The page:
“The settled happiness and security which we all desire, God withholds from us by the very nature of the world: but joy, pleasure, and merriment, He has scattered broadcast. We are never safe, but we have plenty of fun, and some ecstasy. It is not hard to see why. The security we crave would teach us to rest our hearts in this world and pose an obstacle to our return to God: a few moments of happy love, a landscape, a symphony, a merry meeting out with friends, a bath or a football match, have no such tendency. Our Father refreshes us on the journey with some pleasant inns, but will not encourage us to mistake them for home.”
This is an awareness that our culture tries desperately to suppress and forget, through rampant consumerism, misusing sex and alcohol, video games or pornography, or whatever other means of escape we can find.
So Advent is a gift to us: a gift to break free from the lie that we can find our true joy and fulfillment in temporary things on earth. But Advent is also a call to ready our hearts for the coming of the One who can fulfill our longing – longing that was put deep within each of us not to torture us, but to give us faith that this world is not all there is, and to spur us on to keep searching for God.
At the beginning of our passage from Isaiah, the prophet’s call is for God to come down and smite the Israelites’ enemies. But as the lament goes on, as Isaiah goes deeper and looks to the root of his desires and his need, he realises that it isn’t his enemies or what he doesn’t have that stands in the way of the path to joy – it’s himself. It’s his own sinfulness that is separating him from God, the wellspring of life and the very source of joy itself. Isaiah’s lament turns personal, and he includes himself as he says, “We all fade like a leaf, and our iniquities, like the wind, take us away.” He has recognised himself and the Israelites as a people who don’t just need rescuing from their enemies, but from themselves. They have forgotten how to connect with God.
There’s a lovely little story told about an author named G. K. Chesterton, in which The Times newspaper once sent out an inquiry to famous authors, asking the question, “What’s wrong with the world today?”
Chesterton responded very simply,
Yours, G.K. Chesterton.”
Chesterton was wise enough, and humble enough, to admit a hard truth, the very same truth Isaiah reaches in our passage. We need rescuing.
This all may sound like a really bad news sermon to start off our journey into Advent – we cannot find permanent happiness in the world, and what’s more, that we need rescuing from ourselves… but in reality, it’s the best news we could have, because we have a Rescuer, and we can know the ultimate source of joy.
We know what Isaiah could only dimly see – that, so many years after he cried out in deep lament, “Oh that you would tear open the heavens and come down” – we know that God did exactly that, in a way that no one could have expected or predicted, as a tiny, helpless baby. Each year we recall again the heavens breaking open with angels singing astonishing glorias to frightened shepherds, and each year we stare down in wonder with Mary and Joseph at this new little child. Each Advent we await again the coming of the One who made the mountains shake as he destroyed the barrier of sin and death that stood between us and God.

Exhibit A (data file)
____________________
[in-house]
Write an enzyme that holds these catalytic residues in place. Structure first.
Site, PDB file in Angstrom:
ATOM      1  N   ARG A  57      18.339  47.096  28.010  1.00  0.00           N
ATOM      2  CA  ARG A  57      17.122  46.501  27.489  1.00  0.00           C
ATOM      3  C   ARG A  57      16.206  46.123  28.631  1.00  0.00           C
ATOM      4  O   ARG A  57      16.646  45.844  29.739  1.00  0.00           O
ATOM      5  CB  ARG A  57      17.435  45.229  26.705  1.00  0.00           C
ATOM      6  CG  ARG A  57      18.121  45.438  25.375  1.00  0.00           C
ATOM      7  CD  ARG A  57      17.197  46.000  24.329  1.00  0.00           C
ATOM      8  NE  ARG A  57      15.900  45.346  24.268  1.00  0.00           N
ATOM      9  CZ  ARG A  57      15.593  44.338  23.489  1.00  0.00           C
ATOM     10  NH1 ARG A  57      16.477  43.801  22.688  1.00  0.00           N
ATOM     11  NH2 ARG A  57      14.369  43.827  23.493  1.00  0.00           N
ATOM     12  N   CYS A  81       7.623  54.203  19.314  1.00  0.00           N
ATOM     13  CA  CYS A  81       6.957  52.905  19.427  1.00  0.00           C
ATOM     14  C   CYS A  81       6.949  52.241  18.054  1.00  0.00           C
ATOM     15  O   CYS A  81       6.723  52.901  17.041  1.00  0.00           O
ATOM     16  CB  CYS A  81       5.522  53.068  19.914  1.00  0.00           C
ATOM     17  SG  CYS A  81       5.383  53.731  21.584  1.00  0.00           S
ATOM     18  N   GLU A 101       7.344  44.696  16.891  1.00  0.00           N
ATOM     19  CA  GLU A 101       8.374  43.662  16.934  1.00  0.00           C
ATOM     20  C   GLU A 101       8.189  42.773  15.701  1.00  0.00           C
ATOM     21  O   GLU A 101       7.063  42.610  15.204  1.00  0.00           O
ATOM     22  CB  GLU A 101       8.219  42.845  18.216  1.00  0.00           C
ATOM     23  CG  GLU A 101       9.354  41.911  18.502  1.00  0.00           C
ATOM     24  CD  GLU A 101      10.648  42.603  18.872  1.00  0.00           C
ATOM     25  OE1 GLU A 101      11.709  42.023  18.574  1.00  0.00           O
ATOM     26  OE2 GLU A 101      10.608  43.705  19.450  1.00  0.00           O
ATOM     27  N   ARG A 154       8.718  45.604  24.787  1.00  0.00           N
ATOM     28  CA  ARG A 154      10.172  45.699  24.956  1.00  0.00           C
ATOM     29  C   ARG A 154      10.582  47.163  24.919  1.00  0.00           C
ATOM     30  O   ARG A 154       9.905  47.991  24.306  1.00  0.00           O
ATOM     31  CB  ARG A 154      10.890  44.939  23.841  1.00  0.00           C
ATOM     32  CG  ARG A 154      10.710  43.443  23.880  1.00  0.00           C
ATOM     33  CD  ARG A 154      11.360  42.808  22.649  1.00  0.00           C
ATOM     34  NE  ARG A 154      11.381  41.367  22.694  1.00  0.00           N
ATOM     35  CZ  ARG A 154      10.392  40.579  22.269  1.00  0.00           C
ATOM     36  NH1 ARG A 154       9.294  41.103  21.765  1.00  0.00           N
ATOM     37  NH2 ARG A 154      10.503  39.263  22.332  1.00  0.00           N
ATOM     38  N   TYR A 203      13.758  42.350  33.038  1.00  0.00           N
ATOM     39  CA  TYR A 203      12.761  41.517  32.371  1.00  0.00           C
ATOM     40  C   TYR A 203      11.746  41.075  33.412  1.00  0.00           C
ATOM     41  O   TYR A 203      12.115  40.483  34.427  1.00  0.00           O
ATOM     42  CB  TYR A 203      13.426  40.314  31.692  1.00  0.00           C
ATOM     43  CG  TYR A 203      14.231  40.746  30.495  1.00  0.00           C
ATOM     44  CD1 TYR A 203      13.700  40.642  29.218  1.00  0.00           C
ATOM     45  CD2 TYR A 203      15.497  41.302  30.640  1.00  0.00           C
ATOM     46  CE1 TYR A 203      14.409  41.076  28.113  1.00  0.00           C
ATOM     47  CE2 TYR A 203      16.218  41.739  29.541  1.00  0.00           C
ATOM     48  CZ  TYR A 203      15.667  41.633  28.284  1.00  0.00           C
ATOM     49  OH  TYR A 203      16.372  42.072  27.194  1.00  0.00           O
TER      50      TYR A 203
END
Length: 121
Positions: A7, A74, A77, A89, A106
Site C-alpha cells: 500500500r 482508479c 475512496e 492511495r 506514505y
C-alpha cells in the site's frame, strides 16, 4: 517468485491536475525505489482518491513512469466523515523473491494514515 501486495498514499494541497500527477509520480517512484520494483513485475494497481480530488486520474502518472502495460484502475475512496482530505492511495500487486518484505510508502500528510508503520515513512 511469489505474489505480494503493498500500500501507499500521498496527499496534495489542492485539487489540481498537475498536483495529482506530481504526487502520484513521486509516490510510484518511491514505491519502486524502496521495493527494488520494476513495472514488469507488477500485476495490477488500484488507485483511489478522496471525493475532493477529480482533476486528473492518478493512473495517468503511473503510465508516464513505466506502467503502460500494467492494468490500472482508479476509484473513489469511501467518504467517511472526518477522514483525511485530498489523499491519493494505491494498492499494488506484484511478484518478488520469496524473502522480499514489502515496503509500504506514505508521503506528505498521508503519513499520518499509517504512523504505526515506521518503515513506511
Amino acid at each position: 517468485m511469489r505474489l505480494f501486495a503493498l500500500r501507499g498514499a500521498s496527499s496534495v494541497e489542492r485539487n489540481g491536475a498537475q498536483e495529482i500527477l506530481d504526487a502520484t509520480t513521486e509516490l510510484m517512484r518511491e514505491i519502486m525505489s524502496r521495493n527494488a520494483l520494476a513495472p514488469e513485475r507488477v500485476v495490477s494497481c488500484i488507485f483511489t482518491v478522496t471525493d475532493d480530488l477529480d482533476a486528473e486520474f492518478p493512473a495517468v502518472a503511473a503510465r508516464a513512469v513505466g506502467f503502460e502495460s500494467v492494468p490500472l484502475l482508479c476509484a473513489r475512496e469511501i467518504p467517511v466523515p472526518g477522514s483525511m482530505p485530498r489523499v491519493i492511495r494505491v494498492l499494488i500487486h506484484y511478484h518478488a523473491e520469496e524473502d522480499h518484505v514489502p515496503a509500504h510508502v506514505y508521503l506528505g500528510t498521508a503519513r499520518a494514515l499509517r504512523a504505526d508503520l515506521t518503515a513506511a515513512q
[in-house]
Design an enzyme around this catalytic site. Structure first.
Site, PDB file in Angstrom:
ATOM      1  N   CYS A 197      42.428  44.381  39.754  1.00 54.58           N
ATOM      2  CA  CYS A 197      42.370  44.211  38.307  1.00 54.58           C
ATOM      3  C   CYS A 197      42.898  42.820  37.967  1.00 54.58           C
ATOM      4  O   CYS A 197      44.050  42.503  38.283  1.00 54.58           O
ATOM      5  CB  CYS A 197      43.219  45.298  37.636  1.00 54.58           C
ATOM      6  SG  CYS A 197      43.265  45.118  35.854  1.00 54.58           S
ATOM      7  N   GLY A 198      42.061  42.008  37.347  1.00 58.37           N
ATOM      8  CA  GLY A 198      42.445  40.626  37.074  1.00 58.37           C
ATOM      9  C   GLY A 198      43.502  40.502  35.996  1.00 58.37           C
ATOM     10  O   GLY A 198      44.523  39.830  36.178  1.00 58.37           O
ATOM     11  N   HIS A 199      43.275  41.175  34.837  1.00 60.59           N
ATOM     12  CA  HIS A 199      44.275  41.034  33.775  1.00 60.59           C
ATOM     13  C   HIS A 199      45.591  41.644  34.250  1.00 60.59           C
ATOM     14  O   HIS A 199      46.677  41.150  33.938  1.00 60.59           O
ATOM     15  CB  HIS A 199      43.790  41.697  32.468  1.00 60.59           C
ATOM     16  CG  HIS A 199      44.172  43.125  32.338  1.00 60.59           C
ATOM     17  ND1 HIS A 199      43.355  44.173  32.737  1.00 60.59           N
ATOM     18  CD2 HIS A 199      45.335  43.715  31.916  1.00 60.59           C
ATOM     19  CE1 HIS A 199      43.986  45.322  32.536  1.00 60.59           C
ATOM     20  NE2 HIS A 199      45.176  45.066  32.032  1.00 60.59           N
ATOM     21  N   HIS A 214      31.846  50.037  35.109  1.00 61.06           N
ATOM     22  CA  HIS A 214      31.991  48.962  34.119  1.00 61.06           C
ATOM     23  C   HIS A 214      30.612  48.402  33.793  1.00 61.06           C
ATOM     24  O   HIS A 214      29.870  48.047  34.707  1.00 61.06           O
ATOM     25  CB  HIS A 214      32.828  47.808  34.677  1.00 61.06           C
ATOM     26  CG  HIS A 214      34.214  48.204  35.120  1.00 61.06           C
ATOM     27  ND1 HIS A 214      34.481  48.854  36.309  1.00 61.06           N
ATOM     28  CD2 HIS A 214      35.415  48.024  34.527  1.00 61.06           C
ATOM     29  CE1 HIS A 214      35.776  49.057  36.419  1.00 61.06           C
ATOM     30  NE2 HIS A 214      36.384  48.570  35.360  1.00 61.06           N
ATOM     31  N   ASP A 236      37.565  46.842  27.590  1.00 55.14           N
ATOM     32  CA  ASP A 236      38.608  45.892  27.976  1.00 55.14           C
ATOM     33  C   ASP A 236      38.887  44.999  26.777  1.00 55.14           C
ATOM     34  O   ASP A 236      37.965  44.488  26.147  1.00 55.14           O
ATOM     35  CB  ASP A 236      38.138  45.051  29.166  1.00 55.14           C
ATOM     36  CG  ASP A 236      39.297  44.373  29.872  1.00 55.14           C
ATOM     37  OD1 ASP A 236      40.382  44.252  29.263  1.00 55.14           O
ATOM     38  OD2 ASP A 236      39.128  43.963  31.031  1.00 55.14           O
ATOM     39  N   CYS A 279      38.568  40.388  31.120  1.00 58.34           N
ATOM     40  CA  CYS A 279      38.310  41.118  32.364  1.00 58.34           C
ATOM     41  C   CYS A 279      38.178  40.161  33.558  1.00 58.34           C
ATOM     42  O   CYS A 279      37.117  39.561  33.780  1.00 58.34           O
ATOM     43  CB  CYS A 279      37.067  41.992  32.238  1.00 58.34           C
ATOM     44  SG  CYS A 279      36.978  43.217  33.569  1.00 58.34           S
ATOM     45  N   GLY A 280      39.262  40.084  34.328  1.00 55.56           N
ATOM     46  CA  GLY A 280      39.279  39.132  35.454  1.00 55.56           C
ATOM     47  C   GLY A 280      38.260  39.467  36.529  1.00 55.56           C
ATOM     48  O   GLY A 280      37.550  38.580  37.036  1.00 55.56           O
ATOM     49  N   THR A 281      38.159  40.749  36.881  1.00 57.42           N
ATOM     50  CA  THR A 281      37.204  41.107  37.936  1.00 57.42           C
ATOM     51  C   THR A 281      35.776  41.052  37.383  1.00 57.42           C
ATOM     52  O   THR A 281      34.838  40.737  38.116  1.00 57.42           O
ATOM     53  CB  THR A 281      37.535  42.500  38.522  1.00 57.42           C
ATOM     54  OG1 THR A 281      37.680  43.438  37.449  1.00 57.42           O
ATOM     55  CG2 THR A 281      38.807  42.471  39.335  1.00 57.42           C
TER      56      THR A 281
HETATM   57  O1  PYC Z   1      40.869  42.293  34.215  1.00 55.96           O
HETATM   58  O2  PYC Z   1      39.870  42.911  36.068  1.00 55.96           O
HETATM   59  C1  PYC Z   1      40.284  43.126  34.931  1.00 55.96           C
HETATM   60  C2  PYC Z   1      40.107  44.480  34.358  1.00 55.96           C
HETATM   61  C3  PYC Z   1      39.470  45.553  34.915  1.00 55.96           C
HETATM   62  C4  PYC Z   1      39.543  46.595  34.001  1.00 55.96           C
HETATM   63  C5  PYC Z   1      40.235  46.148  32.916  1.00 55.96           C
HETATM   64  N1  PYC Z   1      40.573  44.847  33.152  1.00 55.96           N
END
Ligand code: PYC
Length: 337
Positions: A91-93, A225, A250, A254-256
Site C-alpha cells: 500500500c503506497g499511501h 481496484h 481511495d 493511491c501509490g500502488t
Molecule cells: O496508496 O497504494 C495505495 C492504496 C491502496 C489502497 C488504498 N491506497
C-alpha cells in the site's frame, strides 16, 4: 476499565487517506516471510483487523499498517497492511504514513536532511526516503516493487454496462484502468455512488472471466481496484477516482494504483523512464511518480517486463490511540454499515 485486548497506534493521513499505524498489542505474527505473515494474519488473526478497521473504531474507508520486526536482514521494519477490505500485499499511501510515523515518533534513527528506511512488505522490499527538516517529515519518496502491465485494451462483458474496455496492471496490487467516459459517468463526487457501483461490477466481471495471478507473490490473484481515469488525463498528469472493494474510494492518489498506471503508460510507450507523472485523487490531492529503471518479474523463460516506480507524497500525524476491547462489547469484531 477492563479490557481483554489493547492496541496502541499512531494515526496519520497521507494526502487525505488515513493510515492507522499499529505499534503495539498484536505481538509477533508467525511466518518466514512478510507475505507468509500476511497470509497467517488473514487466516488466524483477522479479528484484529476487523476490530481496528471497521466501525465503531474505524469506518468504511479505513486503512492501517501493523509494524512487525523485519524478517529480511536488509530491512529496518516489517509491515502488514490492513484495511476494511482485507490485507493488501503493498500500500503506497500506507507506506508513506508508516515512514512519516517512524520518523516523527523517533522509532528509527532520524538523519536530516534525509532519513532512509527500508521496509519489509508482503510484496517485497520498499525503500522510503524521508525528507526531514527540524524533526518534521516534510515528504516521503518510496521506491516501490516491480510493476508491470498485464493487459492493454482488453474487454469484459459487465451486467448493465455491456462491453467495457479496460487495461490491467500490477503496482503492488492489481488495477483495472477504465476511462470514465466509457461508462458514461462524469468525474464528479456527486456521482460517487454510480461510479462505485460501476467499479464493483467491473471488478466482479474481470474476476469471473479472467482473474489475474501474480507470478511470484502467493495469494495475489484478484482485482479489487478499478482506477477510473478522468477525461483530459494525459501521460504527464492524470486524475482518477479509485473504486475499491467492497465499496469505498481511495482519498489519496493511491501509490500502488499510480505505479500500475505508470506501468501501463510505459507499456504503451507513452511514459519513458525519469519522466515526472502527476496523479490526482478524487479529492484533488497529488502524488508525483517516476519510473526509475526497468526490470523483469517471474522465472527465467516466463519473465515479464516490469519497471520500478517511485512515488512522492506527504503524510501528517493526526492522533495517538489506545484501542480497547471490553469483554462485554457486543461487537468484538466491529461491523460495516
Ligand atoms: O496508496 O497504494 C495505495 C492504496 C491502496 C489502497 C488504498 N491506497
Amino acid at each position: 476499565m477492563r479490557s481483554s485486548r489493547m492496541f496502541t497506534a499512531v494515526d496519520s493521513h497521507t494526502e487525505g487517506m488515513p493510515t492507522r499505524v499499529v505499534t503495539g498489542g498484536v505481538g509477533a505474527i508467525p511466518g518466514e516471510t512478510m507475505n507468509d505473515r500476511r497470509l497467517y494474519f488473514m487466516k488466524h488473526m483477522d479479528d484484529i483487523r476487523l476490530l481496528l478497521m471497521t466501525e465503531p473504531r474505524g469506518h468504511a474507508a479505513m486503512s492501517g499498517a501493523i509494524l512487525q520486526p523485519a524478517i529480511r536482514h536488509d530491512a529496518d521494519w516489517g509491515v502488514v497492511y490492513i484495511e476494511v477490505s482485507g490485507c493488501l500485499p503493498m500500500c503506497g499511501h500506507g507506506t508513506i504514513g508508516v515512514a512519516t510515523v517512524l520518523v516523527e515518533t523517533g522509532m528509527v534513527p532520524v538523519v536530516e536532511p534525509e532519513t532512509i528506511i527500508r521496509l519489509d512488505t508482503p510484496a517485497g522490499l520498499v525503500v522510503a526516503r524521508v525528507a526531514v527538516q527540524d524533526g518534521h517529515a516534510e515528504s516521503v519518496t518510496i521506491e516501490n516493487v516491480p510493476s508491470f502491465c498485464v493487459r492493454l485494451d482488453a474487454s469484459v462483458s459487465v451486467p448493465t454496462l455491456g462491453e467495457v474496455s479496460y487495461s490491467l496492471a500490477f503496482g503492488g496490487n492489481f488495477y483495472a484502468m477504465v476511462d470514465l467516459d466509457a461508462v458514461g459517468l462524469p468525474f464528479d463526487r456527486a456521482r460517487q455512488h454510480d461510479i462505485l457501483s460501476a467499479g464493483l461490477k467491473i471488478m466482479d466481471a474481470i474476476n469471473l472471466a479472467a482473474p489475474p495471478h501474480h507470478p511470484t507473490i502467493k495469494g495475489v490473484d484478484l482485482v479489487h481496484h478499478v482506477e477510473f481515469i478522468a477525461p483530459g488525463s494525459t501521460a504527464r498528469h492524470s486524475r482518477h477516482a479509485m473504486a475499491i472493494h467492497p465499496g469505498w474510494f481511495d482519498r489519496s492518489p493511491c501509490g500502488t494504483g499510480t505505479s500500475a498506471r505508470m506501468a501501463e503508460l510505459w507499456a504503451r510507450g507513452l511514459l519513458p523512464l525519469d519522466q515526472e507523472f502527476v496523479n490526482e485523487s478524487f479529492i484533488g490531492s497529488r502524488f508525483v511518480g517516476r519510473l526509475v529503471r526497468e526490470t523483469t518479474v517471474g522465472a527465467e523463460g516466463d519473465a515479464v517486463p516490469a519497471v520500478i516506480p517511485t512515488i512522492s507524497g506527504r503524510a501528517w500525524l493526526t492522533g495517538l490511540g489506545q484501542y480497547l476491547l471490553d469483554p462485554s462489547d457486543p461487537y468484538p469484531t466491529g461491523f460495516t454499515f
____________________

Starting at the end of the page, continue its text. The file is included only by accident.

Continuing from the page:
God did tear open the heavens and come down. And he will come again.
In Advent we simultaneously wait in two times – we wait to celebrate the coming of this child who came down to bring us into intimate communion with God – and we allow ourselves to feel yet again, the longing for a time when, as the writer of Mark says, “the sun will be darkened and the moon will not give its light, when the stars will fall from heaven, and the powers in the heavens will be shaken, and we will see the Son of Man coming in clouds with great power and glory.”
As we enter into this season, let’s give ourselves the permission to really feel. To feel the longing. To feel the hurt in the world, and the awareness that not all is right. To feel the hunger that is planted so deeply within us, and to feel sorrow at our sin that has separated us from the one who can fill that hunger. And to feel again the hope and the joy and the wonder at the idea that God HAS come down, and will come again.
Even so, come, Lord Jesus.
As we close, please pray with me this beautiful prayer of longing from Saint Augustine.
O Thou full of compassion, I commit and commend myself unto Thee,
in whom I am, and live, and know.
Be Thou the Goal of my pilgrimage, and my Rest by the way.
Let my soul take refuge from the crowding turmoil of worldly thoughts
beneath the shadow of Thy wings;
let my heart, this sea of restless waves, find peace in Thee, O God.